09 December 2012


There were 2 main reasons why I bought the Aermacchi. The first is that I wanted a departure from German stuff (mainly VW and BMW boxer engines) and a quirky Italian single fit the bill. Don't get me wrong, I love my German stuff, I love their elegance in engineering and function over fashion design, but I'm just a little bored with them right now.

The second, most important, reason is that I wanted a bike that my daughter could work on when she gets older, learning mechanical basics and then when she's old enough to ride, she'll have a vehicle that she not only would be able to work on, but it'd be something she built herself. A light Italian single seemed convenient in this respect as well.

Being that it's going to be awhile before she can ride on the street, like 14 years awhile, I'm gonna be riding this bike and working out the major kinks. I'm 6'2" and a tad large for the bike, but still don't like the cruiser riding position of the bike, I'm thinking rear sets and sport bars should fix that. Clip-ons worked out awesome on the R90, but a little too forward for this little bike, I have euro bars, but didn't like the look, and then I started thinking of angling clubmans to various positions. With this in mind I found a source for NOS Tommaselli Condor sport bars. The beauty of these is that they're fully adjustable. While I'm riding I can mount them tilted back and then pull back the bars, making a nice Z-bar kind of set up, when my daughter (or anyone smaller than me) wants to use it they can go with a race position, move the bars forward and have the typical cafe clubman look - they can be made to fit any riding position.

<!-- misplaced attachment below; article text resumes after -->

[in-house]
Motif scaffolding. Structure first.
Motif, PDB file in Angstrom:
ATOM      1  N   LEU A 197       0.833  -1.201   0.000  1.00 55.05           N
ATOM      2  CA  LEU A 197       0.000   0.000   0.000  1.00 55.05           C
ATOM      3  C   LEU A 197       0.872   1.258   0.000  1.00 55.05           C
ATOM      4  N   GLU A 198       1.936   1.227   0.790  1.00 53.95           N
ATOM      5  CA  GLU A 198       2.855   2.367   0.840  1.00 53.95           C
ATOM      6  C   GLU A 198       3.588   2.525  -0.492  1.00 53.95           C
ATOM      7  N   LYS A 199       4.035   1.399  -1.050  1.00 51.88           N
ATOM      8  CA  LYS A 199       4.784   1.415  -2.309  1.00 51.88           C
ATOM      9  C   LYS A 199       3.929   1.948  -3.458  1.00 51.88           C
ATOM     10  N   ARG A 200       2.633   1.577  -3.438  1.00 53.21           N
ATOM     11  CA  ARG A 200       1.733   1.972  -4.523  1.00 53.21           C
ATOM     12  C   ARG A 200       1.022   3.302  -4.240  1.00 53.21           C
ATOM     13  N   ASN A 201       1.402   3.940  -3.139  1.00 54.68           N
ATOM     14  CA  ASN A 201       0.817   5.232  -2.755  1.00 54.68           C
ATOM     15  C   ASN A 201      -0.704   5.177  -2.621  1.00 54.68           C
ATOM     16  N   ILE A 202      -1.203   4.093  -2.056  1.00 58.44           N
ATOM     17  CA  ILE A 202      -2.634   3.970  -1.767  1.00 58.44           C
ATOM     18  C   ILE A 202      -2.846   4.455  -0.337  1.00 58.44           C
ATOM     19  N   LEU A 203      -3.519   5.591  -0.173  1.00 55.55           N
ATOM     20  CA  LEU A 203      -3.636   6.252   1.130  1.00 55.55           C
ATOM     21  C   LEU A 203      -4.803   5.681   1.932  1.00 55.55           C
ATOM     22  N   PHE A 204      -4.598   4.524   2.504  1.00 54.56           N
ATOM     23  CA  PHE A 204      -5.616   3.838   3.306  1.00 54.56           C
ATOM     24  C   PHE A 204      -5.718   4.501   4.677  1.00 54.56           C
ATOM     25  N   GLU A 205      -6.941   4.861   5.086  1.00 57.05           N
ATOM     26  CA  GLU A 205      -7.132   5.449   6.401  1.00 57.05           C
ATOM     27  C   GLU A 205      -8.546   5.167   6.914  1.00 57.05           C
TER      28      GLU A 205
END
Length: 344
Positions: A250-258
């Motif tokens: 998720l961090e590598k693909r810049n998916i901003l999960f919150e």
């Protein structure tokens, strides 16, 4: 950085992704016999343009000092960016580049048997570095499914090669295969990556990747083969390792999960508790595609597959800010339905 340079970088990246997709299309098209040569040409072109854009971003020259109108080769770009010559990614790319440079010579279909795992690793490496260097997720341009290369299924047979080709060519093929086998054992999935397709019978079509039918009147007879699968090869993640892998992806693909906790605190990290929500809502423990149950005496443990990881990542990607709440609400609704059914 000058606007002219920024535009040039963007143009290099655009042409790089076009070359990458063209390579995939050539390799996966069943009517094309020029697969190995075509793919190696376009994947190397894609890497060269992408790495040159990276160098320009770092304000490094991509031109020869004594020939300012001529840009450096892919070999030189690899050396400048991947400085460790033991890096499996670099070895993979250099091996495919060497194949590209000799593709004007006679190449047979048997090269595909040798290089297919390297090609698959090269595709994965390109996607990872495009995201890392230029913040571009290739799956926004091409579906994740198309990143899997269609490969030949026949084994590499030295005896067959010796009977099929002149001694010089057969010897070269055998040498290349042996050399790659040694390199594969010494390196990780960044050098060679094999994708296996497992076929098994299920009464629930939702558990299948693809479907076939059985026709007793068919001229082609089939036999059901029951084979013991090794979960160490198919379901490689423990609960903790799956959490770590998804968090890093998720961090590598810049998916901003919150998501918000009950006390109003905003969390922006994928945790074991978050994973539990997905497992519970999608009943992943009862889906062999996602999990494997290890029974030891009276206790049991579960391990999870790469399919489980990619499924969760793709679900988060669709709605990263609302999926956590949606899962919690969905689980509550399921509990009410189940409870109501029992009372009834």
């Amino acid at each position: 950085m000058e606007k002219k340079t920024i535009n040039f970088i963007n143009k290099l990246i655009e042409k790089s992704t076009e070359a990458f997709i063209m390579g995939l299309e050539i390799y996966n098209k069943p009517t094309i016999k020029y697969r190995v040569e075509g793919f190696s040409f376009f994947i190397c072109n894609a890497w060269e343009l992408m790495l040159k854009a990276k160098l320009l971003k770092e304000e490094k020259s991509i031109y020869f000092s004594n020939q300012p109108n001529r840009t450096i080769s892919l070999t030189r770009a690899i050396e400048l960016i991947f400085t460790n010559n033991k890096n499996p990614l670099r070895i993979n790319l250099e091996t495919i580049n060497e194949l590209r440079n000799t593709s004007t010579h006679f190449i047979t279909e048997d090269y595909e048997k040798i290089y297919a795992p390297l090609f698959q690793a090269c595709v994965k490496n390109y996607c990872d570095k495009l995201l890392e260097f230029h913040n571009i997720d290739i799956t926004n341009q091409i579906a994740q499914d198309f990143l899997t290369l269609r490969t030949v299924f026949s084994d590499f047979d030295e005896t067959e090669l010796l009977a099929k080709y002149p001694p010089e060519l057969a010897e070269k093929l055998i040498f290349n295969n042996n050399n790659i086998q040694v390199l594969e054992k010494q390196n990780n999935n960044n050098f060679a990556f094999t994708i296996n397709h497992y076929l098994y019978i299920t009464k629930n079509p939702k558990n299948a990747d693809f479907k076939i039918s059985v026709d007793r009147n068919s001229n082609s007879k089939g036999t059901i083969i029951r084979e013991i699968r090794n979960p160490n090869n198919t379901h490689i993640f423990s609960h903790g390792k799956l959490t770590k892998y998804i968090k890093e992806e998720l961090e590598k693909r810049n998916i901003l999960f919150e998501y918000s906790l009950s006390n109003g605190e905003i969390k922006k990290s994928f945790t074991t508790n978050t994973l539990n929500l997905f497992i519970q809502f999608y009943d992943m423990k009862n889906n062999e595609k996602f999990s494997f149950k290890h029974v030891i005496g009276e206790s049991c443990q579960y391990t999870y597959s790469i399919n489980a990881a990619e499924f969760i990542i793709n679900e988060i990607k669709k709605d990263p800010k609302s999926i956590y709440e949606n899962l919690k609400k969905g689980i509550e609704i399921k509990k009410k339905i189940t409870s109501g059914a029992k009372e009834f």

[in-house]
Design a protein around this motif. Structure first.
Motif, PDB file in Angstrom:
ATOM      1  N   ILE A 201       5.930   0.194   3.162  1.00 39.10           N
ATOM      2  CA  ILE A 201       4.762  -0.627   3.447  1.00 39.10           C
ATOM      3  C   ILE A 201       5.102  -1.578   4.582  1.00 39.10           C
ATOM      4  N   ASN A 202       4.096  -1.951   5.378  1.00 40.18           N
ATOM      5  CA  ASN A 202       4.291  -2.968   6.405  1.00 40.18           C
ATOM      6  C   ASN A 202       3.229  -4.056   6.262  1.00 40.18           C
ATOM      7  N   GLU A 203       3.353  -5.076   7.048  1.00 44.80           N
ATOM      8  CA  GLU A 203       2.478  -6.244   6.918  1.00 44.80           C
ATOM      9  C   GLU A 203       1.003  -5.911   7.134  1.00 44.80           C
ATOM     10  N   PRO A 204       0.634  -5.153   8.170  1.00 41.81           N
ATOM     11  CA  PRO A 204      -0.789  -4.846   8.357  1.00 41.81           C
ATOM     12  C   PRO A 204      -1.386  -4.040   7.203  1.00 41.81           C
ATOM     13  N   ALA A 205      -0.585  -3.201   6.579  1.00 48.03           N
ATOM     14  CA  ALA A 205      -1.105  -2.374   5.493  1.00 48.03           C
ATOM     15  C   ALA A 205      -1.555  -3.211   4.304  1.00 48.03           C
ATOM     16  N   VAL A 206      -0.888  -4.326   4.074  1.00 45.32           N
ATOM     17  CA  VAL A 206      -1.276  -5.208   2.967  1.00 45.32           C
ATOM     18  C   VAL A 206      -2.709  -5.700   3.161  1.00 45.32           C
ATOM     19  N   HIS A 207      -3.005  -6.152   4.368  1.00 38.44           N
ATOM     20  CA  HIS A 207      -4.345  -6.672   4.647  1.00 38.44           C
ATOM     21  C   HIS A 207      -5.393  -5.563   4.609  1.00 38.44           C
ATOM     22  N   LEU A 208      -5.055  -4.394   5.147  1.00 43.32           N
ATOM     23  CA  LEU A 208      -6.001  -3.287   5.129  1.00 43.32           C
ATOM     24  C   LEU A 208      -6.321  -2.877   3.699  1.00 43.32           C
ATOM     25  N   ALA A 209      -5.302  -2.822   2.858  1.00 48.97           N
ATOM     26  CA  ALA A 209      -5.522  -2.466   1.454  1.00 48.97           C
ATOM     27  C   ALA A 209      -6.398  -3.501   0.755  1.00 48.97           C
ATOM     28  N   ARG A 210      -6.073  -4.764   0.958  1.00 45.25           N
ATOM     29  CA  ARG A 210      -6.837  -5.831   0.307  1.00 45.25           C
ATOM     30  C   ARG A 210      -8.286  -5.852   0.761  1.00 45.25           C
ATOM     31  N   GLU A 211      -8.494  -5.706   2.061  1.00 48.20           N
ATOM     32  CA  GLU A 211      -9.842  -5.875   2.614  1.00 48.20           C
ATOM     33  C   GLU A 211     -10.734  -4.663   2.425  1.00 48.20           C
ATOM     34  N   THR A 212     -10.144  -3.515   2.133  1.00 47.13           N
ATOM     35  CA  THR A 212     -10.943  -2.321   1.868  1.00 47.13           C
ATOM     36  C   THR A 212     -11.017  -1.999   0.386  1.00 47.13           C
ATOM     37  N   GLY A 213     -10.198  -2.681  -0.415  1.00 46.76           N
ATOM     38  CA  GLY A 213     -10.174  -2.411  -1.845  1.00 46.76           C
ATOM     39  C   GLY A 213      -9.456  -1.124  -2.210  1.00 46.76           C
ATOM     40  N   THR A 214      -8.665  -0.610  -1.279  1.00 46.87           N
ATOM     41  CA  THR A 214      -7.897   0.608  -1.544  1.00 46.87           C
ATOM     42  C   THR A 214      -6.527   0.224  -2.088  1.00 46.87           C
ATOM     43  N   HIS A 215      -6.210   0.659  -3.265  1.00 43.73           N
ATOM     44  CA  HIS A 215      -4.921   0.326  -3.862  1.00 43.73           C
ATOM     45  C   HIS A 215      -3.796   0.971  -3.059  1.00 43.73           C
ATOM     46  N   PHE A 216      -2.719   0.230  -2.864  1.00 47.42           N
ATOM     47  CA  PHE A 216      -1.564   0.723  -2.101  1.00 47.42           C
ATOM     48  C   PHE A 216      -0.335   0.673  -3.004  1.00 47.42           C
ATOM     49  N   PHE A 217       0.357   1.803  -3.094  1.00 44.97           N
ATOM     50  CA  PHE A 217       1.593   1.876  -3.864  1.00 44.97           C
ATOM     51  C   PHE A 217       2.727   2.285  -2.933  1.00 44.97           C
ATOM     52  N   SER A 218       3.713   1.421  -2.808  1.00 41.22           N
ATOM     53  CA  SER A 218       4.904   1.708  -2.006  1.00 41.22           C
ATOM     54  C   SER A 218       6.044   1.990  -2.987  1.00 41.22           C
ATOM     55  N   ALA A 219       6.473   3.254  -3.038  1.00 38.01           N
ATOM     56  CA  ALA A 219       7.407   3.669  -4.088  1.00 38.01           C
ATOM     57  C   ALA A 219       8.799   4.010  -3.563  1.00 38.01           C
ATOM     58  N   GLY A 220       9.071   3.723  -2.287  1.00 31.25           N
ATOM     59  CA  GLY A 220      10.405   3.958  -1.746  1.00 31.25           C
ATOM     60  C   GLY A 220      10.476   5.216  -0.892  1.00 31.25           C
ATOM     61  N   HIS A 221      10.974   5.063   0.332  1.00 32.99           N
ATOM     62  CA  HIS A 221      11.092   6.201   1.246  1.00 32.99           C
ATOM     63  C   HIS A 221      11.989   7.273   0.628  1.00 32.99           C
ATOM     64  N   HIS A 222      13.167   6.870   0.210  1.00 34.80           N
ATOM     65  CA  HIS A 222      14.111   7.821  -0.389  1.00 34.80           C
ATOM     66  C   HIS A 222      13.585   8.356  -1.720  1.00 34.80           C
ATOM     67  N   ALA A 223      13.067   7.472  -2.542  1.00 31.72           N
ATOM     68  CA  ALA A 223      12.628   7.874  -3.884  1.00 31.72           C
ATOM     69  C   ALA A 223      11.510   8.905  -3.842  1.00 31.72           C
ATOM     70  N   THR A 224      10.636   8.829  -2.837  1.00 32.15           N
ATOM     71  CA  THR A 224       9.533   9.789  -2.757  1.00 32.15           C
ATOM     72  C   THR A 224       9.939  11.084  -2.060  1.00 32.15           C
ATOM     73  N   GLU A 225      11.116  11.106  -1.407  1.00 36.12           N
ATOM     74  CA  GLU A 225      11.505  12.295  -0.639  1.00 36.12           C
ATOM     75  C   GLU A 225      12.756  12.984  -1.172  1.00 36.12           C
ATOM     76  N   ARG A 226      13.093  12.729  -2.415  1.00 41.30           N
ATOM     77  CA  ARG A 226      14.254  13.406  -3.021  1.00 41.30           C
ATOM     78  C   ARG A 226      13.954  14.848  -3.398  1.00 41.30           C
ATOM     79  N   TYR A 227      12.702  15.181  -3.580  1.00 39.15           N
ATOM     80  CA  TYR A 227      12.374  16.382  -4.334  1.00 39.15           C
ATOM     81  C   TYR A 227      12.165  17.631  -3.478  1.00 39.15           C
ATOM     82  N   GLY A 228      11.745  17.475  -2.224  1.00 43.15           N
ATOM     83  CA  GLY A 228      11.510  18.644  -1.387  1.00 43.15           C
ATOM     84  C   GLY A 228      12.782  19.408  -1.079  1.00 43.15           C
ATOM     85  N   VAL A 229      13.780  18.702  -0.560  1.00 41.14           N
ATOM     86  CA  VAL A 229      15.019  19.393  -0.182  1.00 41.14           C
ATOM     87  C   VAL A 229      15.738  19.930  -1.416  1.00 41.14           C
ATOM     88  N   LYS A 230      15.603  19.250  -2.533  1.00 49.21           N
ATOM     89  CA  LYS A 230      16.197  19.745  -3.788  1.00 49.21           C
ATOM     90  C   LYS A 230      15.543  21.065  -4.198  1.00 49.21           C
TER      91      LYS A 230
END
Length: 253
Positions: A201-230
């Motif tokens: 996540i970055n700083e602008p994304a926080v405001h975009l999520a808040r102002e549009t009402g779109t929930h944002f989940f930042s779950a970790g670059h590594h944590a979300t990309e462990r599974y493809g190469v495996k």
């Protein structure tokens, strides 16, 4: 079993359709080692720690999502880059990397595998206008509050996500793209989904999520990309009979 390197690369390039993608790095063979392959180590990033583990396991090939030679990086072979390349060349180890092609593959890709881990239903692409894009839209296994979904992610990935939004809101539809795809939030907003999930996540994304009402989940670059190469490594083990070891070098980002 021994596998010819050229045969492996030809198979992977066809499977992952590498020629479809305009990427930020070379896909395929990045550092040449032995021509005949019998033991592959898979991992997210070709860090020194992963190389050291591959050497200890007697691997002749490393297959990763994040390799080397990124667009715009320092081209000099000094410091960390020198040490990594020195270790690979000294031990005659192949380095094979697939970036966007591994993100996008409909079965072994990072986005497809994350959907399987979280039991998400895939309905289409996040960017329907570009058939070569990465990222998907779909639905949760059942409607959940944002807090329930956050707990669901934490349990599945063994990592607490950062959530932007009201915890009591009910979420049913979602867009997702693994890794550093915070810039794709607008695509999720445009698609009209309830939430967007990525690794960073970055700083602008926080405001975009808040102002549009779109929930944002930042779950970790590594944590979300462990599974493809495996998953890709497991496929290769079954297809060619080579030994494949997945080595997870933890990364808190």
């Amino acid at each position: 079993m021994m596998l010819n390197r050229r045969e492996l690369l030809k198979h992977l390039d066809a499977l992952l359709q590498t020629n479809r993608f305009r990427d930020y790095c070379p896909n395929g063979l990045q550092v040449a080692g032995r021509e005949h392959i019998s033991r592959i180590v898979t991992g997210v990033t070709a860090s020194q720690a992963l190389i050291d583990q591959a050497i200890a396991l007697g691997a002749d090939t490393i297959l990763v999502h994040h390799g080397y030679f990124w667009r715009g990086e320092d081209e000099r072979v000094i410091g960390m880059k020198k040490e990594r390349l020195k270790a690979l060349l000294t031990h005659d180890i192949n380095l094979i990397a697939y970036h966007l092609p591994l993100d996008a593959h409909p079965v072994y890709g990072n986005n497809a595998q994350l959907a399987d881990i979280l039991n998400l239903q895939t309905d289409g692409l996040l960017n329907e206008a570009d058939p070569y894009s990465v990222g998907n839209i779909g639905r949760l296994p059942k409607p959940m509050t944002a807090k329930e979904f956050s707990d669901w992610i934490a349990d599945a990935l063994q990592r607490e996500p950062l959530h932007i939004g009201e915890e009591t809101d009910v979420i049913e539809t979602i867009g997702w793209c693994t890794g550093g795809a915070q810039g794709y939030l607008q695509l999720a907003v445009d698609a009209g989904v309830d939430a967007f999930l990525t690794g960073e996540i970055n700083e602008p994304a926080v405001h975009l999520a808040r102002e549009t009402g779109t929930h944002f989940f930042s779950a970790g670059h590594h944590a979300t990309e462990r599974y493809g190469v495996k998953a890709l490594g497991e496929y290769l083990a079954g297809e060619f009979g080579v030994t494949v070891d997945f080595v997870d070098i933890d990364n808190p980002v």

Test fit, not bad. A bit of a chopper look, but position is a lot more forward and comfortable for riding in a sport position

I wish I bought these for the Beemer instead of the clip-ons. These Tommasellis feel a lot better built, I like the adjustability and natural angle of the bars, and it saves you from having to remove the triple clamp and modifying the headlight ears - though I changed the triple clamp with a beefy, billet SJ one anyway so I guess that point is moot.

Too much information for handlebars, unless someone wanted to rip them off

The one issue with using these bars is that Aermacchi rubber mounted the stock bars and welded on a tab to secure the bars from moving forward and back. With the Tomms on there and tightened up I noticed just about as much play in the bars as I did with the stock, but I think they could still be studier either by putting in a couple spacers to further tighten the clamp, or by completing removing the top triple clamp, making my own, and then going to solid mounts, haven't decided yet.

Going to need to replace the levers/controls with the new bars and I've got my eyes on some 1960's NOS pieces, we'll see how that goes

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